Summary

Exxon’s more than 60% gain for 2021 is just the beginning as the stock is poised for continued success over the medium term.

The company’s dividend increase announcement signals that there is plenty of room for this energy giant to run.

Exxon’s 3Q Earnings highlight the financial strength of the franchise and the company’s continued fiscal discipline.

With a current yield of 5.5% and growing, Exxon is a great source of income for investors today.

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zorazhuang/E+ via Getty Images Against a backdrop of severe uncertainty, Exxon Mobil was poised for impressive returns for 2021 and was named one of our four Dividend Dominators . The results have been nothing but spectacular as the stock is up nearly 65% for the year. While some may be wondering if there is little fuel left to Exxon’s rally, last week’s earnings release proved otherwise. Exxon’s management showcased how they are maintaining their heightened fiscal discipline amidst oil prices not seen in years.

This has translated to enhanced profitability for the company and renewed programs to grow the dividend annually as well as $10 billion in share buybacks. In our view these two programs are emblematic of the company’s financial health and pave the way for continued shareholder gains. Introduction

Exxon Mobil ( XOM ) was possibly one of the least liked companies at the start of 2021. Against this “wall of worry” Exxon’s management proved to investors that the changes the company made during the Pandemic positioned them well for future growth. For the contrarian investor, Exxon has been a great stock to own for 2021, handily outperforming the broader stock market by more than two-and-a-half times.

Year to Date Total Returns: Exxon Mobil versus the SPDR S&P 500 ETF ( SPY ) Data by YCharts The question for investors today is “What to do with Exxon shares after such an impressive rally?” Fortunately, last week’s earnings provided some key considerations for Exxon’s future. Exceeding All Expectations

In the depths of the Pandemic, investors thought all energy stocks were in dire financial health. This made logical sense as the price of oil had collapsed and even for a few hours it turned negative. Depending on the lasting impact of the Pandemic, there was a reasonable thought that demand for oil products would remain low. As the idea goes, transportation (driving cars, flights, busses) would be significantly below pre-Pandemic levels as people preferred working from home and kept their leisure (and business) travel to a minimum.

Admittedly, this was an extreme scenario and one that may have only had the potential to exist for a handful of quarters at most. Regardless, with this potential prospect in front of them, oil companies made major changes to remain profitable in a prolonged low oil price environment. Nearly all oil companies cut overhead expenses, lowered their planned capital expenditures, and revised their new developments to only ones with the highest potential returns. Additionally, many oil companies also chose to cut their dividend as one of the steps in retaining capital. In this regard Exxon was the exception.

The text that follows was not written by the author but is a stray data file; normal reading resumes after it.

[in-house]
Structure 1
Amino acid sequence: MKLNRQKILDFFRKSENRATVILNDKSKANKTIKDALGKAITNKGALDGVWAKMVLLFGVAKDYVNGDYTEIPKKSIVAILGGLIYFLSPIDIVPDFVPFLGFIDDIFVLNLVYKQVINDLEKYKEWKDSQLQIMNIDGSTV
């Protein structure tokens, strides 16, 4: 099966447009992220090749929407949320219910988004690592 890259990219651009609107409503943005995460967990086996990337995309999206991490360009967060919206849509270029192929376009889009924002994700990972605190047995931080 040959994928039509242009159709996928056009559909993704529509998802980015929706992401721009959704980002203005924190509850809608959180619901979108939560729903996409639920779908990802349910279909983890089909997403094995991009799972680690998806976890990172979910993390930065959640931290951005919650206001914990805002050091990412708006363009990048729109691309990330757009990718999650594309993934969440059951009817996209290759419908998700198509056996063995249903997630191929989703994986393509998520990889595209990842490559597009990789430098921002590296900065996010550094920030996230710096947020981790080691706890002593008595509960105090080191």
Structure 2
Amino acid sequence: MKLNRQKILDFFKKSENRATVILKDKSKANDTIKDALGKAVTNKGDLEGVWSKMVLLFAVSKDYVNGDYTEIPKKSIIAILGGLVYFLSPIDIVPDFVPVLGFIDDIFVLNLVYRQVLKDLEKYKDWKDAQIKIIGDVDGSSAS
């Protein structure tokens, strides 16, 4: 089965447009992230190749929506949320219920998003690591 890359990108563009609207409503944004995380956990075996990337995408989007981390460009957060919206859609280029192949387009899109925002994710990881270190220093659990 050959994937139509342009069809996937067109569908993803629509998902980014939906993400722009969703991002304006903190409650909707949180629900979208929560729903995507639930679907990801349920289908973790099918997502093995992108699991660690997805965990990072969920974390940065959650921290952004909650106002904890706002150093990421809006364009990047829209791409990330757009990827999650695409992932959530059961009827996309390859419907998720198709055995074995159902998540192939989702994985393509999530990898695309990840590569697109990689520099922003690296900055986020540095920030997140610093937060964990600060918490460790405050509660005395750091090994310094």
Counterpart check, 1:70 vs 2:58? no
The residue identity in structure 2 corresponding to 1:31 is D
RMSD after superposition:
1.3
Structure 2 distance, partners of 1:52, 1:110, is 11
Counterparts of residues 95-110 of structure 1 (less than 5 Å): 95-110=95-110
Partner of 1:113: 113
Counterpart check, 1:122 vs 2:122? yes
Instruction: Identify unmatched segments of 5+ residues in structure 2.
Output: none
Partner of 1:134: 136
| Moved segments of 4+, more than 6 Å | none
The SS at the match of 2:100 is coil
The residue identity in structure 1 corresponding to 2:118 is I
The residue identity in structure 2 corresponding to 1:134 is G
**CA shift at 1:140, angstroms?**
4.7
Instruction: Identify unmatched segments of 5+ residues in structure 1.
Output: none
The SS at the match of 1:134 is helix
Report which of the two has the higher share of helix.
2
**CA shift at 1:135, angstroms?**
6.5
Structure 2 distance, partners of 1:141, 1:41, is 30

Exxon’s Extreme Yield at the Depths of the Pandemic Data by YCharts Exxon’s decision to maintain the dividend was a strong signal from the management team. While many forecasted that the company’s next step was to cut the stock’s dividends, management held steady. More importantly, they focused on how the company could maintain the current dividend rate even as the stock’s yield hit double-digit territory. What many missed during this time is that with the restructuring done within the company, there was plenty of cash flow to support the dividend even if oil stayed in the $30s.

Most importantly, management’s resolve around the company’s dividend was the first sign of Exxon’s financial wellbeing during such a challenging period. Since then the story has improved dramatically, as has Exxon’s share price. Why 3Q Earnings Was the Turning Point

Last week’s earnings announcement was another of these major signals. With oil prices well above 2019 levels, there is no question about the company’s profitability. To put today’s current oil prices in perspective, the last time oil was above $70 per barrel for any meaningful period of time was 2014. With such an extreme rebound in the price of oil, nearly every energy company has turned into an ATM for their investors.

The challenge with these periods of […]

source Exxon Mobil: The Home Run For Dividend Investors

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